Tom Petty was a musician, actor, record producer, singer, and songwriter. On October 20, 1950, he was born in Gainesville, Florida. Sadly, he passed away in October 2017 at the age of 66 from an unintentional drug overdose.
In 1967, Petty started his career and was a member of the group Mudcrutch. He is most well-known, though, for his work as the lead singer and guitarist with Tom Petty and the Heartbreakers. He also had a solo career in addition to being a member of the supergroup Traveling Wilburys in the 1980s.
Tom Petty is one of the most successful musicians of all time, having sold more than 80 million records worldwide over the course of his career. Petty released three solo albums in addition to 13 studio albums with Tom Petty and Heartbreakers. The top 10 Tom Petty albums are listed below.
1. Hypnotic Eye (2014)
Because it was his album with the highest commercial success, Hypnotic Eye is considered to be Tom Petty’s best work. It was Tom Petty and the Heartbreakers’ final studio album, which was also their 13th studio album overall.
The album made its debut at number one on the Billboard 200 chart, being the only album by Tom Petty to ever achieve this position. In 2015, it was considered for a Grammy Award nomination in the category of Best Rock Album.
There are a total of 12 songs on the album, 11 of which were written by Tom Petty while ‘Fault Lines’ was written by Tom Petty and Mike Campbell together.
2. Damn the Torpedoes (1979)
Tom Petty and the Heartbreakers enjoyed their first taste of commercial success with their third studio album, titled “Damn the Torpedoes.” This album was published in 1976.
Additionally, it was one of the greatest commercial hits in their career, as it reached number two on the Billboard 200 chart at its highest point. Following that, the Recording Industry Association of America (RIAA) awarded it the status of Triple Platinum certification.
3. Mojo (2010)
Mojo was the 12th studio album released by Tom Petty and the Heartbreakers, and it was their second-to-last album overall. Before releasing this album in 2010, the band had gone without releasing a new album for the previous eight years.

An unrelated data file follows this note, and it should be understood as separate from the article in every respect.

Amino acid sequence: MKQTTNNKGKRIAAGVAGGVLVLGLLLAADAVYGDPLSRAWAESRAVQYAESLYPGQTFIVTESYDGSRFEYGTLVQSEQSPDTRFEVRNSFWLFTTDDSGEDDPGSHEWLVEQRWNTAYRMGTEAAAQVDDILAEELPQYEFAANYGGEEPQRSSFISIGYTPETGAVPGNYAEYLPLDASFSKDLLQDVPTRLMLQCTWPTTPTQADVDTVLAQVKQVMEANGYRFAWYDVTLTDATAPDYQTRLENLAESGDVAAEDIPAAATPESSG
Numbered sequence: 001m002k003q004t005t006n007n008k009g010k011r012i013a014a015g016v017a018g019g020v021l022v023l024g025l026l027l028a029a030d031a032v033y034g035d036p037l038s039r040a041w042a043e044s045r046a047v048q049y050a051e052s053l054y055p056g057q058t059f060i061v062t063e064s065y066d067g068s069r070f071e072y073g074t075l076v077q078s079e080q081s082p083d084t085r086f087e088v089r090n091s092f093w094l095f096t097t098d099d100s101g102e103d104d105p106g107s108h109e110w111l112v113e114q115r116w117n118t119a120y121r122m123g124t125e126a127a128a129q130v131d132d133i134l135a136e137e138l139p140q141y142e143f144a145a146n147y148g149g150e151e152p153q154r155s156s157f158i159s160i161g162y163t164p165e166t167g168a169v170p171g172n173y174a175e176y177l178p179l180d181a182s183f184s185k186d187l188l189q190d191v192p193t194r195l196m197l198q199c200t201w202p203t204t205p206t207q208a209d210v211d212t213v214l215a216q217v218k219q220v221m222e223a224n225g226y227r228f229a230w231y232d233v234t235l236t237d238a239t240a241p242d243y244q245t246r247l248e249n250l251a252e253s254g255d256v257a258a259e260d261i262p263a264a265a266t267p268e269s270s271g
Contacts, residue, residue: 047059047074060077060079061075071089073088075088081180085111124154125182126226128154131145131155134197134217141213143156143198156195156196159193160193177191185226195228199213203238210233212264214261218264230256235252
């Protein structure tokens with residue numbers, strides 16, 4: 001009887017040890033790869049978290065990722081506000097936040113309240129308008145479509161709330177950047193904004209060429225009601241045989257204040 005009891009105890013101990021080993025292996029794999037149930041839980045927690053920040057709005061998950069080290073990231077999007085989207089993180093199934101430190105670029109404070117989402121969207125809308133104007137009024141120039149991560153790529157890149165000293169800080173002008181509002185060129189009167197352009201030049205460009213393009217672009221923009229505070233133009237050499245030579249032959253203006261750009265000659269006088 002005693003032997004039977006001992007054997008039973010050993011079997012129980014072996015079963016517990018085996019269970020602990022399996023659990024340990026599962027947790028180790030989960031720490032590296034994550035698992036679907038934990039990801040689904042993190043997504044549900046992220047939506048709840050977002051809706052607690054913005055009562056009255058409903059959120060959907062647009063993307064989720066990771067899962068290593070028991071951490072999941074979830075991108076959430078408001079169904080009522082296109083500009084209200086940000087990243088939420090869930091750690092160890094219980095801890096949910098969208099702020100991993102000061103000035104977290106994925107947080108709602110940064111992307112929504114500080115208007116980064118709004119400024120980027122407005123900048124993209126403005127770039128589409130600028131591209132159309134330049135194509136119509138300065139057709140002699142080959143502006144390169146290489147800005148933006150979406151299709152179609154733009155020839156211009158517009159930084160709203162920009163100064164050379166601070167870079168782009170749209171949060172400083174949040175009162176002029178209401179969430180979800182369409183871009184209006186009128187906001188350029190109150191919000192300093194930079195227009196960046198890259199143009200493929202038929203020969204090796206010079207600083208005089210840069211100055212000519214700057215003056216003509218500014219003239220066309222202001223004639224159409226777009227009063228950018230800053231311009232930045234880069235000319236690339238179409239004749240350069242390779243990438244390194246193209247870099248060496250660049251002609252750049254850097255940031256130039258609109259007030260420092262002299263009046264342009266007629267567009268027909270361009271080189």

The album contains a total of 15 tracks, one of which is a bonus track that can only be accessed by purchasing the album through iTunes. It peaked at number two on the Billboard 200 list in the United States and at number one on the Top Rock Albums chart. The majority of the tracks on the CD make use of blues-based musical styles.
4. Full Moon Fever (1989)
The album Full Moon Fever is considered by Rolling Stone to be one of Tom Petty’s best works. After having much success with Tom Petty and the Heartbreakers throughout the late 1970s and early 1980s, the band experienced their greatest setback in 1987 with the release of the album ‘Let Me Up (I’ve Had Enough).’
Petty made the decision at this time to pursue a career as a solo artist, and the album ‘Full Moon Fever‘ served as the beginning of his solo work. It was his most commercially successful album out of his three solo efforts, and it reached number three on the Billboard 200 chart at its highest point.
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5. Highway Companion
The studio album titled “Highway Companion” was Tom Petty’s third and last release under his own name as a solo artist. It had 12 tracks when it was first released, however, there are four additional tracks on a special version of the album that was made available at a later time.